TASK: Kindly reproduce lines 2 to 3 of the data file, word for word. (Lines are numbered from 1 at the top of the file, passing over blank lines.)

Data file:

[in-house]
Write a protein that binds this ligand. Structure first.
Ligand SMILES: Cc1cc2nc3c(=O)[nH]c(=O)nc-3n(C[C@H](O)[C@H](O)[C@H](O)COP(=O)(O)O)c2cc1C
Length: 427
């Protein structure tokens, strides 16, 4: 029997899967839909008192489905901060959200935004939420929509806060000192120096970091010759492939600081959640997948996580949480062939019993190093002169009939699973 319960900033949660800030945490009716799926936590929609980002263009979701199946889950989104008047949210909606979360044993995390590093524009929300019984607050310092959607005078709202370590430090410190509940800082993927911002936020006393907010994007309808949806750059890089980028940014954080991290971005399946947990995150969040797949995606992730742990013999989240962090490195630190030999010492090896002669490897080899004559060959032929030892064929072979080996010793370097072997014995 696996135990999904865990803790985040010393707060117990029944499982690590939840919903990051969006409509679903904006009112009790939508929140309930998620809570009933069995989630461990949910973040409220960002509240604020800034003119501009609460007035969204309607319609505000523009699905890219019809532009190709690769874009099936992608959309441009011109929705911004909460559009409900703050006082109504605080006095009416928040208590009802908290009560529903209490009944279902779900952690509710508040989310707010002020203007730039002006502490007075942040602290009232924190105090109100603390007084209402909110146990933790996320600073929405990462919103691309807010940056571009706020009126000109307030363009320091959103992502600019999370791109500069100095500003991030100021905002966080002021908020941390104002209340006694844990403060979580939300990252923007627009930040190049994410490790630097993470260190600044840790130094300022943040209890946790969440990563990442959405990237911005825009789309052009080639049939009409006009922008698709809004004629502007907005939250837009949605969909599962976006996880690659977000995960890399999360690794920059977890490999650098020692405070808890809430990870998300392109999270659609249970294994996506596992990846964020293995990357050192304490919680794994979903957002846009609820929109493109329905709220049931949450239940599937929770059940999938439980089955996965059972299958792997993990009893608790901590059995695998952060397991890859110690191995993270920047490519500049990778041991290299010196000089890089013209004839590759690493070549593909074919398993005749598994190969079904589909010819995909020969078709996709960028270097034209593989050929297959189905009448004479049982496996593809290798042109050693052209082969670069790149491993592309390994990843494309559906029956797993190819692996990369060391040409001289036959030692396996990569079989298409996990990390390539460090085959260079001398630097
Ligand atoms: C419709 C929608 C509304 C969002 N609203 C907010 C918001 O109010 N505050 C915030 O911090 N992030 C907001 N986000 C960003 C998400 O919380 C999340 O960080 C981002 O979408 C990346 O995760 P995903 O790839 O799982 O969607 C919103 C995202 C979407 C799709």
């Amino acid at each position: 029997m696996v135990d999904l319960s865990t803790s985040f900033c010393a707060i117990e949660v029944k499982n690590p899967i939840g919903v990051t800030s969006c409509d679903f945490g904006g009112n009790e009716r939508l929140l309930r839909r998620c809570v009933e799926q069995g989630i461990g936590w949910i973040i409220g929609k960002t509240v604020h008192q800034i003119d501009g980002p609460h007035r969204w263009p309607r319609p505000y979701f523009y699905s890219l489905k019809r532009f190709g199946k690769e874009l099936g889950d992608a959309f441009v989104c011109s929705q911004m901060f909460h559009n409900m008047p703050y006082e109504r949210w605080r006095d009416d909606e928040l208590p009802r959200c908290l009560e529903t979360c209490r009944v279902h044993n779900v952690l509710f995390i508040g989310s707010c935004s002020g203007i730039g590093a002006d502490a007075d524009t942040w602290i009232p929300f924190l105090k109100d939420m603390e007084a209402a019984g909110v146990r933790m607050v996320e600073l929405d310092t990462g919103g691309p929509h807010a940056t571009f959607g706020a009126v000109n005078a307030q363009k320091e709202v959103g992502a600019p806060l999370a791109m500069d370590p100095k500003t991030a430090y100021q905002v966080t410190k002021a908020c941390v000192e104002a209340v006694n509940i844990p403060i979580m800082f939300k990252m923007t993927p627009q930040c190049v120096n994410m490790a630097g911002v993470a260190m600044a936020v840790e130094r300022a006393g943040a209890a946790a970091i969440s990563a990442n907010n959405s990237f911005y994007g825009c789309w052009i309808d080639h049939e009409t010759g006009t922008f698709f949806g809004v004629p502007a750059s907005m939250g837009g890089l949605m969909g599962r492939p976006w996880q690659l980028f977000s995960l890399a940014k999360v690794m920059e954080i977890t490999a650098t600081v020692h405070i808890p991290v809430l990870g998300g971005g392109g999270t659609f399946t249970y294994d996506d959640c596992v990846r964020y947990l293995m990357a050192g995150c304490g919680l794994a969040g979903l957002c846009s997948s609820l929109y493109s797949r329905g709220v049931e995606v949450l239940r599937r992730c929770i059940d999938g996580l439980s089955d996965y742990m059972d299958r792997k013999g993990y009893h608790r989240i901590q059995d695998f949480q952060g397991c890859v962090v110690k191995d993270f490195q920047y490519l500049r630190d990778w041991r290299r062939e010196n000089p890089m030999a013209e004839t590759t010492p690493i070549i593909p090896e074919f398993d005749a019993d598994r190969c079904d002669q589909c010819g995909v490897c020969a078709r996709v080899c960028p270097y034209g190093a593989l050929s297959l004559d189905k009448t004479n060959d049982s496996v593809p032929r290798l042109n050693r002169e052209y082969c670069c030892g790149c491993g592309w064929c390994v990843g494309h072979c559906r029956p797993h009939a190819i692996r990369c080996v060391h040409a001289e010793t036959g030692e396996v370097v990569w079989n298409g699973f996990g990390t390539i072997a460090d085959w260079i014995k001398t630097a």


Write a protein that binds this ligand. Structure first.
Ligand SMILES: Cc1cc2nc3c(=O)[nH]c(=O)nc-3n(C[C@H](O)[C@H](O)[C@H](O)COP(=O)(O)O)c2cc1C